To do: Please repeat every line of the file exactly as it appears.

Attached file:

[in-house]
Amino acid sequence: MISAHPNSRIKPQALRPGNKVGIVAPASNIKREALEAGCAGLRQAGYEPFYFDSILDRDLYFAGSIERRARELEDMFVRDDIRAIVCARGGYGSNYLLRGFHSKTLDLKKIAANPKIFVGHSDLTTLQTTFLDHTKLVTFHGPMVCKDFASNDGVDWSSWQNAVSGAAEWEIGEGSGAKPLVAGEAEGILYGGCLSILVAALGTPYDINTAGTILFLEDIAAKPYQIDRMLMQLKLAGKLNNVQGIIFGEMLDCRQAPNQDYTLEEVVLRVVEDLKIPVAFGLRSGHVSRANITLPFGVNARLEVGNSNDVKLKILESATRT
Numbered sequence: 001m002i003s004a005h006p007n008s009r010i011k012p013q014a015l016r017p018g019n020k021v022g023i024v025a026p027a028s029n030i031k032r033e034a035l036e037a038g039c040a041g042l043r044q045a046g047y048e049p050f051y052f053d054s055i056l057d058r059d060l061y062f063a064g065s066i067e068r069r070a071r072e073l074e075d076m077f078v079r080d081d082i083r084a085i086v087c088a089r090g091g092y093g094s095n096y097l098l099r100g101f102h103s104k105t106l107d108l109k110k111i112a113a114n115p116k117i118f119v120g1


[in-house]
Amino acid sequence: MISAHPNSRIKPQALRPGNKVGIVAPASNIKREALEAGCAGLRQAGYEPFYFDSILDRDLYFAGSIERRARELEDMFVRDDIRAIVCARGGYGSNYLLRGFHSKTLDLKKIAANPKIFVGHSDLTTLQTTFLDHTKLVTFHGPMVCKDFASNDGVDWSSWQNAVSGAAEWEIGEGSGAKPLVAGEAEGILYGGCLSILVAALGTPYDINTAGTILFLEDIAAKPYQIDRMLMQLKLAGKLNNVQGIIFGEMLDCRQAPNQDYTLEEVVLRVVEDLKIPVAFGLRSGHVSRANITLPFGVNARLEVGNSNDVKLKILESATRT
Numbered sequence: 001m002i003s004a005h006p007n008s009r010i011k012p013q014a015l016r017p018g019n020k021v022g023i024v025a026p027a028s029n030i031k032r033e034a035l036e037a038g039c040a041g042l043r044q045a046g047y048e049p050f051y052f053d054s055i056l057d058r059d060l061y062f063a064g065s066i067e068r069r070a071r072e073l074e075d076m077f078v079r080d081d082i083r084a085i086v087c088a089r090g091g092y093g094s095n096y097l098l099r100g101f102h103s104k105t106l107d108l109k110k111i112a113a114n115p116k117i118f119v120g1